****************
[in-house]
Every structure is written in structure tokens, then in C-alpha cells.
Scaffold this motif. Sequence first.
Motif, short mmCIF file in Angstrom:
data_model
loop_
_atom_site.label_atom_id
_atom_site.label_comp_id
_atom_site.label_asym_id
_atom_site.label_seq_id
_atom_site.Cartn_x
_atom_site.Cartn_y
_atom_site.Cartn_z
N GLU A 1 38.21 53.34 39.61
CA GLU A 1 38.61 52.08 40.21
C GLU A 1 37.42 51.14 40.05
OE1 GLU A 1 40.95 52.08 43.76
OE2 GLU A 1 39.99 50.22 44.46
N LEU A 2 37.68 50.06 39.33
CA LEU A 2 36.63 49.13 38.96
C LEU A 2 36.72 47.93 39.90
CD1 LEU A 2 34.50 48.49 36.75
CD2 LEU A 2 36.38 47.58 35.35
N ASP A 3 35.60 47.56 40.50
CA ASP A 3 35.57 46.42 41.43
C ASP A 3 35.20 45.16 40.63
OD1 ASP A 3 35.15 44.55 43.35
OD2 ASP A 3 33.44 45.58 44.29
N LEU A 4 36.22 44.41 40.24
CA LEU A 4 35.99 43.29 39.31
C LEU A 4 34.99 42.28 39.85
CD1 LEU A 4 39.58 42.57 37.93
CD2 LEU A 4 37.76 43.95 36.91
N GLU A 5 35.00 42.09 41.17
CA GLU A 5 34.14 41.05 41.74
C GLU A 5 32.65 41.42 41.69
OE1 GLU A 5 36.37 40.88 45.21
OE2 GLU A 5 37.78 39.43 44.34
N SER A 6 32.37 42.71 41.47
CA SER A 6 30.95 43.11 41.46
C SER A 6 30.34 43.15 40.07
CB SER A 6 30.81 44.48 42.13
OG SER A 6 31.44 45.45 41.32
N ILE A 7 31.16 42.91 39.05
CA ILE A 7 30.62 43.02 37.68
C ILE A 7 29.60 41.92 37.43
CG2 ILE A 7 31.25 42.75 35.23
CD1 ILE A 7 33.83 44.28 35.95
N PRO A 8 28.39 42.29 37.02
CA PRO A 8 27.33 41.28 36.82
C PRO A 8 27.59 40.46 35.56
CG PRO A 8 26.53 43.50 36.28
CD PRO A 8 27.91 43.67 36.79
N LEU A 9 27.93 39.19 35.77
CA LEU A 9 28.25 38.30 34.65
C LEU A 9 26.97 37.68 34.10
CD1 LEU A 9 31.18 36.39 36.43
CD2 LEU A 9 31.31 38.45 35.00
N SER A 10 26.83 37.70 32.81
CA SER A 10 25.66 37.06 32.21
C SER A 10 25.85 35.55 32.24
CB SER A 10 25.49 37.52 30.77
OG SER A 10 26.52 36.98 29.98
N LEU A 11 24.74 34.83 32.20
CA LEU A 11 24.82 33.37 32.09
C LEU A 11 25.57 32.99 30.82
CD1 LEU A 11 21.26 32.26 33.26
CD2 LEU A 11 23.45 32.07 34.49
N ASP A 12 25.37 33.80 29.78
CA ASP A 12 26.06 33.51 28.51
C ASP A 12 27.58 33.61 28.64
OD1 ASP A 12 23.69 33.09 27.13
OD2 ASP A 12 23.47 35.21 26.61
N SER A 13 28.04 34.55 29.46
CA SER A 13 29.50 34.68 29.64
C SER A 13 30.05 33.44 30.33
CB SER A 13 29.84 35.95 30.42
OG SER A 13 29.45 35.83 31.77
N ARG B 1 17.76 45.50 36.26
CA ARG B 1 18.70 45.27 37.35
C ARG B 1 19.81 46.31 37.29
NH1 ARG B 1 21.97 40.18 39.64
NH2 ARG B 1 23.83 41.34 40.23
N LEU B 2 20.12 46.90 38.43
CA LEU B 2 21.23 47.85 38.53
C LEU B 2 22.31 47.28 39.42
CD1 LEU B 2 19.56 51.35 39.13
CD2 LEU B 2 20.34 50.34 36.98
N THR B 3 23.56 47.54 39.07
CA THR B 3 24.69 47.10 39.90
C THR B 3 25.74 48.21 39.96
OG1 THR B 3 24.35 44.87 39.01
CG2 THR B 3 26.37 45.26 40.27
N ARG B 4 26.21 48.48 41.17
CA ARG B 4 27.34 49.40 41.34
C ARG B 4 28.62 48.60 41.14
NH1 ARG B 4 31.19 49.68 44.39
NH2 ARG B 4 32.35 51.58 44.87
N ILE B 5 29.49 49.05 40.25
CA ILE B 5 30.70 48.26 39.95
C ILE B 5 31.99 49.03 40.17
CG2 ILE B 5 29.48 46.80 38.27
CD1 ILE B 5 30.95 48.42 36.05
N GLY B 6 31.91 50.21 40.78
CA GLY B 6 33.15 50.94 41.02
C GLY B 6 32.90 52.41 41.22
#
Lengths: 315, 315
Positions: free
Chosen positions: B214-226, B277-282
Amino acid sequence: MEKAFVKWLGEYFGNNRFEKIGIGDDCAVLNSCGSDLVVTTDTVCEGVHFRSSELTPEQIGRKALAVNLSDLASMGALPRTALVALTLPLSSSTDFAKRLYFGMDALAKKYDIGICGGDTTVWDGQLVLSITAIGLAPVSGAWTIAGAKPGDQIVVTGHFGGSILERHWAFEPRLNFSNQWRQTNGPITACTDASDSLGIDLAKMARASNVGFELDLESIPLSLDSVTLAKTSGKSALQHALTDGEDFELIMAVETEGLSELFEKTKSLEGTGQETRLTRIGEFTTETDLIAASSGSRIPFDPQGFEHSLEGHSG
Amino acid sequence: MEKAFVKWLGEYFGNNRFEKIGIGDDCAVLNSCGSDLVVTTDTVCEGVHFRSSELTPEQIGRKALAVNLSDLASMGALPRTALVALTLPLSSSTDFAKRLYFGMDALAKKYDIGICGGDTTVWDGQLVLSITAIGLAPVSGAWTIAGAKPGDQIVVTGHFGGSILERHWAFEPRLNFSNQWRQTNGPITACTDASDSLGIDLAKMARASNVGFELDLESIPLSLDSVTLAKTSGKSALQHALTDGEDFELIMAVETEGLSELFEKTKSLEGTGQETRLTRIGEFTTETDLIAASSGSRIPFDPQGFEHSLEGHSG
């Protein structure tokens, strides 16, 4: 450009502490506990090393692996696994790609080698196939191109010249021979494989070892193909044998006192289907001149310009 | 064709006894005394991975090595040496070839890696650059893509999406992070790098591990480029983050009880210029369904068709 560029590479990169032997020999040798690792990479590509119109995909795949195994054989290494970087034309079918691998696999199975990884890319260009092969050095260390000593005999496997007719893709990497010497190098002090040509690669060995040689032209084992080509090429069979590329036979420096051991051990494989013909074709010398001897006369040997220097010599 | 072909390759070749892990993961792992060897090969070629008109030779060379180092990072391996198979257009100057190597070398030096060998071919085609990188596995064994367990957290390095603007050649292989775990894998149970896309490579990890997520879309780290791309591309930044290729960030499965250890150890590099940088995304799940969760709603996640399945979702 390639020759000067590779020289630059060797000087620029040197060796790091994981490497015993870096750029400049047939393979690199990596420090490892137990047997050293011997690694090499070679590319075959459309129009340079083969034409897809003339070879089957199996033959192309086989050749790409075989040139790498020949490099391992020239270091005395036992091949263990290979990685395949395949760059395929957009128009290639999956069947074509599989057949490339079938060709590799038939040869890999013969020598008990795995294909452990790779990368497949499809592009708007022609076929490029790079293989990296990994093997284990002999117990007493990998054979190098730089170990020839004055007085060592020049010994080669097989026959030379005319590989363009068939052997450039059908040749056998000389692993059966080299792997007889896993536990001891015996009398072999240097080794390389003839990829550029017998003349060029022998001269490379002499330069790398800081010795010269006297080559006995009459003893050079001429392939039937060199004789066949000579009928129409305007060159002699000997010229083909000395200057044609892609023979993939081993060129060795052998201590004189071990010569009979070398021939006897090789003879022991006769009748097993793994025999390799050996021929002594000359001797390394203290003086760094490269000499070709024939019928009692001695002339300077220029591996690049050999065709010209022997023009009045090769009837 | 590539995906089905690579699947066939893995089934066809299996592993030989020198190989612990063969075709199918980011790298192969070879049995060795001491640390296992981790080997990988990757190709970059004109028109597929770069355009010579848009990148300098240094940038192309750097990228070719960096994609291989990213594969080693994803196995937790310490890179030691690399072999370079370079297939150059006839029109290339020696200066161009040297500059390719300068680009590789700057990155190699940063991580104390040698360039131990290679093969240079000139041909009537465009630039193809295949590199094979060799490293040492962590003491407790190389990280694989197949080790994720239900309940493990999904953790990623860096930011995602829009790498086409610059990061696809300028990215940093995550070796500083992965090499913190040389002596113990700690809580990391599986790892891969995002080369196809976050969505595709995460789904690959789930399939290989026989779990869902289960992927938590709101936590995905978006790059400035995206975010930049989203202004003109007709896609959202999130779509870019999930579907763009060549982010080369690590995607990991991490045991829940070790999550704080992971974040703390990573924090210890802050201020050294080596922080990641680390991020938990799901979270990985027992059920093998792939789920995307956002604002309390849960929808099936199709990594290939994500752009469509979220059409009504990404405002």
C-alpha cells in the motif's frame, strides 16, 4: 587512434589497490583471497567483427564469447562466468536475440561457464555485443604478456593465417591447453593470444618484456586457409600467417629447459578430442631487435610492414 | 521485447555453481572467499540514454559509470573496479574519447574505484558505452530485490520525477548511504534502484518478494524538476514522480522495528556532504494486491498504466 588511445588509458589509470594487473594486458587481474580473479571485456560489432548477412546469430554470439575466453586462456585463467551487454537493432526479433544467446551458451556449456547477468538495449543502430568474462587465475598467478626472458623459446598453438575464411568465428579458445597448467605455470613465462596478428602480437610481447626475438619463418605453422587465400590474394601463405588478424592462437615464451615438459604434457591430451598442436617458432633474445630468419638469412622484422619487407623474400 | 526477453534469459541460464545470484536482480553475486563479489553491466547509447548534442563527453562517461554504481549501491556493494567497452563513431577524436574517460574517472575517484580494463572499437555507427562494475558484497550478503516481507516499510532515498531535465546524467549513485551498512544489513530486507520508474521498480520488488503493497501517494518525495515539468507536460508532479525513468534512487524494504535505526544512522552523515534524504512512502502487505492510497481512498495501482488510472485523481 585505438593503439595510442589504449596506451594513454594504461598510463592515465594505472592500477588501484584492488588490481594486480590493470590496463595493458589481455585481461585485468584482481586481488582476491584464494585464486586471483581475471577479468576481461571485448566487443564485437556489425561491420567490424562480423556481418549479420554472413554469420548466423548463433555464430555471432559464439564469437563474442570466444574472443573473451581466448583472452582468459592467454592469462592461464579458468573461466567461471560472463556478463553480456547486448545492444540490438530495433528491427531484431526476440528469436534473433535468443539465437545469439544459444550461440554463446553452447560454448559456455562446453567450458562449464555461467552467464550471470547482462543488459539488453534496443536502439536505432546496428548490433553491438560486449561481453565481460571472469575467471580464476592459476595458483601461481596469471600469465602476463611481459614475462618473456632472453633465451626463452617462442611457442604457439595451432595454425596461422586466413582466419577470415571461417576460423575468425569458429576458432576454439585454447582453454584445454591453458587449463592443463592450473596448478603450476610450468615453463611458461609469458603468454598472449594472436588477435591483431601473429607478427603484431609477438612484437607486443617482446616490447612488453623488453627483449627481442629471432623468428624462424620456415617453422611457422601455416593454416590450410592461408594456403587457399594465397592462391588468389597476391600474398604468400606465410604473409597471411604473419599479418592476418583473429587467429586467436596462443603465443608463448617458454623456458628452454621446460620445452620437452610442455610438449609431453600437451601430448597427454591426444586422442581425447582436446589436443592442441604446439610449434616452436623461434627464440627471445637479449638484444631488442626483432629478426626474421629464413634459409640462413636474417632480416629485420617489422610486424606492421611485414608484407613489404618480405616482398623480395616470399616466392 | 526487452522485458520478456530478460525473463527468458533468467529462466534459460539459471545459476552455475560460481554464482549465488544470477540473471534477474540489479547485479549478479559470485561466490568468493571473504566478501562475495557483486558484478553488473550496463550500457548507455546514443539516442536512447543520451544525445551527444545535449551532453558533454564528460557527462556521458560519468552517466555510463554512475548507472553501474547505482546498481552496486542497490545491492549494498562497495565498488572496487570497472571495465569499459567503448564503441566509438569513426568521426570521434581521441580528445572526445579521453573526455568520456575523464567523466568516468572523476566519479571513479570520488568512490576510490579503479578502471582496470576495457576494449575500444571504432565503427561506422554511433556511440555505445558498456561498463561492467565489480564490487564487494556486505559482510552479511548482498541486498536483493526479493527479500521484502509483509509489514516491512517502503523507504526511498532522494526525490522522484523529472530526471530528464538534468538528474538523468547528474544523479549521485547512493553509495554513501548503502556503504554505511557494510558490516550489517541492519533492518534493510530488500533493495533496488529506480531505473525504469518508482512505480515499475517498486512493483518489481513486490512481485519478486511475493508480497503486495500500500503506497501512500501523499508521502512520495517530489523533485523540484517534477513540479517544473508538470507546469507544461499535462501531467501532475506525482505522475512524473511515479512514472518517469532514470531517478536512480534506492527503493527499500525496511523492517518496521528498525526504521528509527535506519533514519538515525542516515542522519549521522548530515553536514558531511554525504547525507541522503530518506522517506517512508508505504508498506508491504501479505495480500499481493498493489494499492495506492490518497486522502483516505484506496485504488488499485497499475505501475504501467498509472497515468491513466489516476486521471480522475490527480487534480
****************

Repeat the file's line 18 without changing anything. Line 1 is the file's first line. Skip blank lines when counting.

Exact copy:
OE2 GLU A 1 39.99 50.22 44.46